This performance is underwritten in part by a generous donation from Mary Ann Boatright
One of a handful of musicians who can be said to have permanently changed jazz. Born on August 29, 1920 in Kansas City, Kansas, Charlie Parker was arguably the greatest saxophonist of all time. He could play remarkably fast lines that, if slowed down to half-speed, would reveal that every note was coherent. “Bird,” as he was known, along with his contemporaries Dizzy Gillespie and Bud Powell, is considered a founder of bebop. In reality, he was a classically-influenced and intuitive player who expressed himself with extraordinary fluency. Rather than basing his improvisations closely on the melody as was done in swing, he was a master of chordal improvising, creating new melodies that were based on the structure of a song. In fact, Bird wrote several future standards such as “Anthropology,” “Ornithology,” “Scrapple from the Apple,” and “Ko Ko,” along with blues numbers “Now’s the Time” and “Parker’s Mood” that borrowed and modernized the chord structures of older tunes. Parker’s remarkable technique, original sound, and his ability to create harmonically advanced phrases that could be simultaneously logical and whimsical, were highly influential. By 1950, it was impossible to play “modern jazz” with credibility without having closely studied Charlie Parker.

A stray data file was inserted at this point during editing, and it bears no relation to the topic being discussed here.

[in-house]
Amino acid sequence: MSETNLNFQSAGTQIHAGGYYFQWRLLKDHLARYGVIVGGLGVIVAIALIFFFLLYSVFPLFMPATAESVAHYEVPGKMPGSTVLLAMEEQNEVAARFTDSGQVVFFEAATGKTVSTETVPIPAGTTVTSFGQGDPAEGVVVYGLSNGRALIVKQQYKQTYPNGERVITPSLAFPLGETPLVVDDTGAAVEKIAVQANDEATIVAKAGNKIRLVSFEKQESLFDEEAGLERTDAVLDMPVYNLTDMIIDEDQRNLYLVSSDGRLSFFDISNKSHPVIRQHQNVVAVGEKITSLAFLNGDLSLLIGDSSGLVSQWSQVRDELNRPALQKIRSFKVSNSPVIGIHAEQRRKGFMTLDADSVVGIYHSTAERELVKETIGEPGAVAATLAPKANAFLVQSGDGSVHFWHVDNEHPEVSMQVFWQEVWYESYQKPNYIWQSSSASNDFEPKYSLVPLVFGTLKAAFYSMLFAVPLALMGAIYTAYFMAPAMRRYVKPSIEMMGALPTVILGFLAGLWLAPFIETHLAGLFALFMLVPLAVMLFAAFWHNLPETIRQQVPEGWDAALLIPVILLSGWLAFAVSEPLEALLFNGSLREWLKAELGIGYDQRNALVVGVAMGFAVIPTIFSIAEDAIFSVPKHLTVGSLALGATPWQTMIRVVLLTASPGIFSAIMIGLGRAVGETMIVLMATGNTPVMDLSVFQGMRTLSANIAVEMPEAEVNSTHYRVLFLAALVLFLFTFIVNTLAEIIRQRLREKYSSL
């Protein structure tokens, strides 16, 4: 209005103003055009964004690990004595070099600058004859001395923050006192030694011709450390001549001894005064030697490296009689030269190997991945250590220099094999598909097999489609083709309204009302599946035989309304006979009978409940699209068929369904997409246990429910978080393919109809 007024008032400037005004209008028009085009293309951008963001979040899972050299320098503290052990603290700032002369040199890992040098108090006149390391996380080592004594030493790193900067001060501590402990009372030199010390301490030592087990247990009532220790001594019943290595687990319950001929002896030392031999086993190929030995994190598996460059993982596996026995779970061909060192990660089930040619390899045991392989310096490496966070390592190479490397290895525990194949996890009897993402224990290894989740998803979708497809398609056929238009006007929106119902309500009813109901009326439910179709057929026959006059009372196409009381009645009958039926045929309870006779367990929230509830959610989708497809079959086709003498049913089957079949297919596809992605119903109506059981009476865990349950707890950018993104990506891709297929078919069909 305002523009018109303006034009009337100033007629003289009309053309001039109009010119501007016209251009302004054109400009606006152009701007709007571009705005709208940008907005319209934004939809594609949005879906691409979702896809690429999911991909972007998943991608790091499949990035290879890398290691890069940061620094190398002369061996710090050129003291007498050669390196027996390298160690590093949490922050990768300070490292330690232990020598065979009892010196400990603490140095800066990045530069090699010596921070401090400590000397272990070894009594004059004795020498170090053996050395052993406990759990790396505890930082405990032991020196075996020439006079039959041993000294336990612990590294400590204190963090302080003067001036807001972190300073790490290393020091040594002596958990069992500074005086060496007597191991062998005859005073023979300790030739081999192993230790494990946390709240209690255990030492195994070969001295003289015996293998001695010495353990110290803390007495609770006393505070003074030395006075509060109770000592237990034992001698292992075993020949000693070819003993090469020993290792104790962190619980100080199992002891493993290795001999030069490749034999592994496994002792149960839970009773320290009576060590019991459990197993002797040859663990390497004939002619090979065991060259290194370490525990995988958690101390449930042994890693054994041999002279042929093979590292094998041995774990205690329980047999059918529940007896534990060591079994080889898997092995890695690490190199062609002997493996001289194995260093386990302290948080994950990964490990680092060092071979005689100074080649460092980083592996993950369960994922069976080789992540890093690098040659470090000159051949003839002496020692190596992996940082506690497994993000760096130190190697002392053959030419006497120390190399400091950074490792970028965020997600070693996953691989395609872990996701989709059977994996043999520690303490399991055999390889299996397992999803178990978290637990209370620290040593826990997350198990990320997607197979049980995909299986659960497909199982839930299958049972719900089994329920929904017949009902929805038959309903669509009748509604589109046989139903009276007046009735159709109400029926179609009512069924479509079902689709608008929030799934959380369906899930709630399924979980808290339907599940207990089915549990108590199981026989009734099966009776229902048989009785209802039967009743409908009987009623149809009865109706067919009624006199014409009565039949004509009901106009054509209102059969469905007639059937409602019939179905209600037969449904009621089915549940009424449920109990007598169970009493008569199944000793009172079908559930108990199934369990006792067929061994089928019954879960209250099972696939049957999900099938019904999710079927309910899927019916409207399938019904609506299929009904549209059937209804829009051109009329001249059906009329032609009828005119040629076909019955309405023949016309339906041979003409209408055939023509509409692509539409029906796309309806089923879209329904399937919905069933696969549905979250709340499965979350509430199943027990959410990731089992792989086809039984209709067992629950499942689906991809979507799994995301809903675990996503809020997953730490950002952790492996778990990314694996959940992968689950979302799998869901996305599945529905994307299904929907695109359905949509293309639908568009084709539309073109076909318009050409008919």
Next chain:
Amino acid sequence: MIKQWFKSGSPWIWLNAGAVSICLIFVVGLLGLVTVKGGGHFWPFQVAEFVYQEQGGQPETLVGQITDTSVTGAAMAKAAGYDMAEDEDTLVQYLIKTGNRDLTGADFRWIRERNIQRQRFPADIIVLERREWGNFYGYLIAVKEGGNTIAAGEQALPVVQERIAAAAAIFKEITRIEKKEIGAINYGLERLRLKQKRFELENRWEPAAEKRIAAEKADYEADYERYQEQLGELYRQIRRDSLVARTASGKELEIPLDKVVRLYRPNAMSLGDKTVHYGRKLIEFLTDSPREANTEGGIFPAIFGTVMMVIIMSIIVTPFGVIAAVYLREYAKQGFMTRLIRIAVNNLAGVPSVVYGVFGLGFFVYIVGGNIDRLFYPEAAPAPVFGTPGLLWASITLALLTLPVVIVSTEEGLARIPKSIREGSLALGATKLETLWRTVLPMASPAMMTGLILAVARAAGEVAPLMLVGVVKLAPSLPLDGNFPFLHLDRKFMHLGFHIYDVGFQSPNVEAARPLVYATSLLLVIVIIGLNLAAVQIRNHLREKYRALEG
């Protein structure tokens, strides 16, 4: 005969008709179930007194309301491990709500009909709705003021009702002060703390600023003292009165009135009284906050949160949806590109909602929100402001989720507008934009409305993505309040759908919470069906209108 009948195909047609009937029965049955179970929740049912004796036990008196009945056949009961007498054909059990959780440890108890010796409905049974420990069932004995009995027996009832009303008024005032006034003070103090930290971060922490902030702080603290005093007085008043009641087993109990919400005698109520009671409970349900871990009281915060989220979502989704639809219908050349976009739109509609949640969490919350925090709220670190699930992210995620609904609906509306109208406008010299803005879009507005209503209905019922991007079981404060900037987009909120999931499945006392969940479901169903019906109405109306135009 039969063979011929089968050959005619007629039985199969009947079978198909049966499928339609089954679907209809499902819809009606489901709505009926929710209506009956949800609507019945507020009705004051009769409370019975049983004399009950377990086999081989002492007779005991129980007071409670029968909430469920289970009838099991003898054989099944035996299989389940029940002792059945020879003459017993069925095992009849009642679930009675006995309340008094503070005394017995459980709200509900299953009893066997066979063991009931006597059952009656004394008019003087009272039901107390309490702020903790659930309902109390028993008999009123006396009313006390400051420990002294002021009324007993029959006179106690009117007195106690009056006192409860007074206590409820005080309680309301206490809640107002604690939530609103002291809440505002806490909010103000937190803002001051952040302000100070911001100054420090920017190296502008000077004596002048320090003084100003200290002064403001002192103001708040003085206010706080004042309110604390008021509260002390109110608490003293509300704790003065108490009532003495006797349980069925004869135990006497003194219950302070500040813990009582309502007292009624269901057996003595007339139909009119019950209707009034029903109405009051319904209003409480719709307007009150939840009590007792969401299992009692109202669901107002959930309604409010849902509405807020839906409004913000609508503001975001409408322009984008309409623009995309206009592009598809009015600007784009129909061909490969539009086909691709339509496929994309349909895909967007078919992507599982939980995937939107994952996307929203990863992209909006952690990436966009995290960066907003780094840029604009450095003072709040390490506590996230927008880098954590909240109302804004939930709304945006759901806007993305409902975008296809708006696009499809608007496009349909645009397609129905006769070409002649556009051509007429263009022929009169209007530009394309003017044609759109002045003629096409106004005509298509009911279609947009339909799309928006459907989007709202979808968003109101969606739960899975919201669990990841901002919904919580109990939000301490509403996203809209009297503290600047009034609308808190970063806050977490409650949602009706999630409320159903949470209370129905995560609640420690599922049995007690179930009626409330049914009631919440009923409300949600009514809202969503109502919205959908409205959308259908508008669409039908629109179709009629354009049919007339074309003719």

The tribute band, assembled for this concert by Javon Jackson, is comprised of players who were immersed, influenced and experienced linearly in the bebop tradition back to the source, Charlie Parker. Three of the players, Jackson, Donald Harrison, and George Cables, played in Art Blakey’s Jazz Messenger band, the hard bop blood stream that emanated from Charlie Parker.
Javon Jackson – tenor saxophone
Donald Harrison – alto saxophone
George Cables – piano
Gerald Cannon – double bass
McClenty Hunter – drums